START WITH THE FURNITURE.
It needs to be comfortable, stylish, and flexible. This rules out 90 percent of all furniture on the market.
For starters: A recliner is an argument with every woman who ever lived. Instead of putting a giant, cock-blocking marshmallow in your living room, buy good armchairs with footstools; perfectly comfy, and the ottoman doubles as another seat. Or, with a tray on it, a place to put pretzels and beers.
ON YOUR SOFA
Go conservative with color and (if any) pattern, and don’t go too big; a sofa needs to be only long enough for a nap. Plus, nobody likes sitting in the middle of the seat.
REGARDING SECTIONALS, AKA PARTY BARGES
They can be useful, if your room is big and the pieces can be arranged in different ways. Orient the chair(s) and the sofa in an L shape, rather than facing one another–the better to actually hear what other people are saying. And on cocktail tables, consider two or three small ottomans rather than one large, room-clogging slab of wood. Again: flexibility. Additional seating. Easier to move when the dancing starts.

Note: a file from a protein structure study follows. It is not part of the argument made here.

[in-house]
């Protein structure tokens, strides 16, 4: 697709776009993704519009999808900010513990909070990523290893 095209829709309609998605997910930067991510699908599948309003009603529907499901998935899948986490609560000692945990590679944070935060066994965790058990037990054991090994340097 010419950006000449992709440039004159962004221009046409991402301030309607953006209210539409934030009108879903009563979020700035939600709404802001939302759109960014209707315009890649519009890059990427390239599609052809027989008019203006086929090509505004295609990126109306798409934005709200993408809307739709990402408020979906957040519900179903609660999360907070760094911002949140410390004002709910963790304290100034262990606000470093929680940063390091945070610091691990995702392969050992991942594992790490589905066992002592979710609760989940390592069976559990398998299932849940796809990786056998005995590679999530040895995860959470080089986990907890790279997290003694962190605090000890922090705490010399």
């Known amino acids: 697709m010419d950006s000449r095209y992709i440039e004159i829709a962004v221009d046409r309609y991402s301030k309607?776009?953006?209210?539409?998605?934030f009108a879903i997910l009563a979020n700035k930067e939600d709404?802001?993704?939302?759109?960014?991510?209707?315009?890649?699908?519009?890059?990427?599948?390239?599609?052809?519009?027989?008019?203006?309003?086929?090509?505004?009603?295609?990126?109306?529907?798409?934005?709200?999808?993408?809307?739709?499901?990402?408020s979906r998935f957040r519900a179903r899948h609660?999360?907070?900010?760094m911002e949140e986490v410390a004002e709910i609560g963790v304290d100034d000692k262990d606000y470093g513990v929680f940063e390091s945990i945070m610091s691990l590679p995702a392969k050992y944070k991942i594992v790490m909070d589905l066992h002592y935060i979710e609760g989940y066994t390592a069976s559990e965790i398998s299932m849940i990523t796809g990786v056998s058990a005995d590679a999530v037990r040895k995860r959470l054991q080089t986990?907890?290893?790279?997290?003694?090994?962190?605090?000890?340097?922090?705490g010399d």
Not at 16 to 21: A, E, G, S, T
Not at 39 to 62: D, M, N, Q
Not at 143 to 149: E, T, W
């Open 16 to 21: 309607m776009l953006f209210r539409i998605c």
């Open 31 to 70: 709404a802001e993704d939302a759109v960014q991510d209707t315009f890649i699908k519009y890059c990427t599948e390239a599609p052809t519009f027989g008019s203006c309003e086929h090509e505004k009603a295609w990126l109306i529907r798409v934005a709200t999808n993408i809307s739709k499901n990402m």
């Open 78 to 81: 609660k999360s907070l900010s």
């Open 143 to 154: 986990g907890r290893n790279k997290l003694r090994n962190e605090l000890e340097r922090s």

FACT: THERE WILL BE SPILLS.
So, your main rug: highly patterned in dark colors. Hard to beat a classic Oriental. Also, consider a cowhide: masculine, interesting, unstainable.
STILL WORRIED ABOUT STAINS?
Don’t serve anything red or sticky. Also: Delicate wood surfaces are just water stains and heartaches waiting to happen. Plus, you’ll be that guy who runs around putting coasters under everybody’s drink. For tabletops: thick glass, stone, tile. On coasters: They need to be absorbent, or they’ll stick annoyingly to your glass. Wood or cork is nice. Fire up the chain saw and cut quarter-inch slices off a three-inch-diameter hardwood log–perfect.
A BAR CART IS STYLISH.
If you have space. But it’s easier and less messy to make drinks in the kitchen, where the ice and sink are. Happy medium: Get an ice bucket, and use the cart only for whiskeys while the rest of the bar lives in the kitchen. Put the bar and the table with food on opposite ends of the room. Promotes flow.
ATTRACTIVE FOLDING CHAIRS ARE HANDY.
But don’t provide seating for everyone. A good party depends on movement and flow; you don’t want people parked in the same chair all night. Figure on enough seating for a third of your guests.
IN THE BATHROOM
Light a candle; leave the matches. Go easy on the reading material; maybe a copy of Schott’s Miscellany. Offer a stack of small hand towels and a basket to toss them into; a single hand towel will be sopping (and unappealing) after the first three people use it.